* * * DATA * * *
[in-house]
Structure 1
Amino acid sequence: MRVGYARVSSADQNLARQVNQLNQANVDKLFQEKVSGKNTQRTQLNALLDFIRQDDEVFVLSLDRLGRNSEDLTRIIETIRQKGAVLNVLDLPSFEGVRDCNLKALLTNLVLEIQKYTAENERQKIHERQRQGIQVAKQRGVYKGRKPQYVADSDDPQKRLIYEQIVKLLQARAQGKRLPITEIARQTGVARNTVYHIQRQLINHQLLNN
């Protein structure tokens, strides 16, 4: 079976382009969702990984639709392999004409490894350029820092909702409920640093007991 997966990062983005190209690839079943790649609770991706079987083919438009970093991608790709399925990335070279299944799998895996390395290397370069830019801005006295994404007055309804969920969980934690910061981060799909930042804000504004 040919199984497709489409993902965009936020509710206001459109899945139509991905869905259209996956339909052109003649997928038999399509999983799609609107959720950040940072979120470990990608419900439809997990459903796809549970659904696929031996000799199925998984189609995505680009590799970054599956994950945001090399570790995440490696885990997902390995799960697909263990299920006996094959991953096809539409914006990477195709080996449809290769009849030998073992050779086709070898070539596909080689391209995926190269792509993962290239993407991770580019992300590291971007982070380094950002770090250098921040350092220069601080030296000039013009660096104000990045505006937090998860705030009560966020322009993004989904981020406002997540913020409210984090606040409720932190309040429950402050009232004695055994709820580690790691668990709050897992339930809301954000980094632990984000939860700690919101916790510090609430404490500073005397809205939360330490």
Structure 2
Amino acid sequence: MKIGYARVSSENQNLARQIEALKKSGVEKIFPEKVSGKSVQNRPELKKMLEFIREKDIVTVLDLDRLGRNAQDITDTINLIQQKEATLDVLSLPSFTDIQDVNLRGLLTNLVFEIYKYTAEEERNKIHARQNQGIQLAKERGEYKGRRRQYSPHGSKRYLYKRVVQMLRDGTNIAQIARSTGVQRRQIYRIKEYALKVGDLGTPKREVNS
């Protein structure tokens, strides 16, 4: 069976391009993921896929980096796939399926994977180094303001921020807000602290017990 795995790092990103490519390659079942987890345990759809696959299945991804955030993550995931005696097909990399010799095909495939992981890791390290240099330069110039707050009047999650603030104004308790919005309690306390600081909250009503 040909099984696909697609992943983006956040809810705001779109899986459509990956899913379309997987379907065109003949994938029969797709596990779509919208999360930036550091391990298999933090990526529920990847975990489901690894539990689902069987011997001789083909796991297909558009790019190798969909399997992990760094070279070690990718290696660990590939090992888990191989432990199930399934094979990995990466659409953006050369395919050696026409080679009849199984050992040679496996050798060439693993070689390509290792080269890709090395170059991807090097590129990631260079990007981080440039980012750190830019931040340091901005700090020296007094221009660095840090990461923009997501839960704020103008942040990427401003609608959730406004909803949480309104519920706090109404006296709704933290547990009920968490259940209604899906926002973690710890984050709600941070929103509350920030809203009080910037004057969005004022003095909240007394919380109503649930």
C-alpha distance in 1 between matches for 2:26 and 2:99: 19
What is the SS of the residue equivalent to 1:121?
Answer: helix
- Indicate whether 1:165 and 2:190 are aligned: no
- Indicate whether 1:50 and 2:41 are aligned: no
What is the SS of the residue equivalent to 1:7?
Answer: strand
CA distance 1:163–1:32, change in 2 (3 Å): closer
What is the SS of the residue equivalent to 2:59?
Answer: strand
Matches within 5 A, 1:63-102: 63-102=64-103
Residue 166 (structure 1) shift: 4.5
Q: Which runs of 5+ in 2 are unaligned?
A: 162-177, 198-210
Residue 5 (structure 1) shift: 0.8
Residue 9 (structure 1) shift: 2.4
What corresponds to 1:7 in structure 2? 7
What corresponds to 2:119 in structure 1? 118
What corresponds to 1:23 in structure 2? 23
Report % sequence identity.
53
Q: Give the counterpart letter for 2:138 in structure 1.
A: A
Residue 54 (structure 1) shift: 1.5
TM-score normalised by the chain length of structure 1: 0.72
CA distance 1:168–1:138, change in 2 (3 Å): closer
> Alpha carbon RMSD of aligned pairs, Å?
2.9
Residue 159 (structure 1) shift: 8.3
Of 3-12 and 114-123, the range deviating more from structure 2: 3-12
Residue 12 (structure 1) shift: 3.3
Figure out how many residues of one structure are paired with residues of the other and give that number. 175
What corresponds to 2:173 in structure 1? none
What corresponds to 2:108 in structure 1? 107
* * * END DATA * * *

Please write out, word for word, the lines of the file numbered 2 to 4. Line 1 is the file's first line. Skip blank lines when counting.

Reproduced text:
Structure 1
Amino acid sequence: MRVGYARVSSADQNLARQVNQLNQANVDKLFQEKVSGKNTQRTQLNALLDFIRQDDEVFVLSLDRLGRNSEDLTRIIETIRQKGAVLNVLDLPSFEGVRDCNLKALLTNLVLEIQKYTAENERQKIHERQRQGIQVAKQRGVYKGRKPQYVADSDDPQKRLIYEQIVKLLQARAQGKRLPITEIARQTGVARNTVYHIQRQLINHQLLNN
């Protein structure tokens, strides 16, 4: 079976382009969702990984639709392999004409490894350029820092909702409920640093007991 997966990062983005190209690839079943790649609770991706079987083919438009970093991608790709399925990335070279299944799998895996390395290397370069830019801005006295994404007055309804969920969980934690910061981060799909930042804000504004 040919199984497709489409993902965009936020509710206001459109899945139509991905869905259209996956339909052109003649997928038999399509999983799609609107959720950040940072979120470990990608419900439809997990459903796809549970659904696929031996000799199925998984189609995505680009590799970054599956994950945001090399570790995440490696885990997902390995799960697909263990299920006996094959991953096809539409914006990477195709080996449809290769009849030998073992050779086709070898070539596909080689391209995926190269792509993962290239993407991770580019992300590291971007982070380094950002770090250098921040350092220069601080030296000039013009660096104000990045505006937090998860705030009560966020322009993004989904981020406002997540913020409210984090606040409720932190309040429950402050009232004695055994709820580690790691668990709050897992339930809301954000980094632990984000939860700690919101916790510090609430404490500073005397809205939360330490």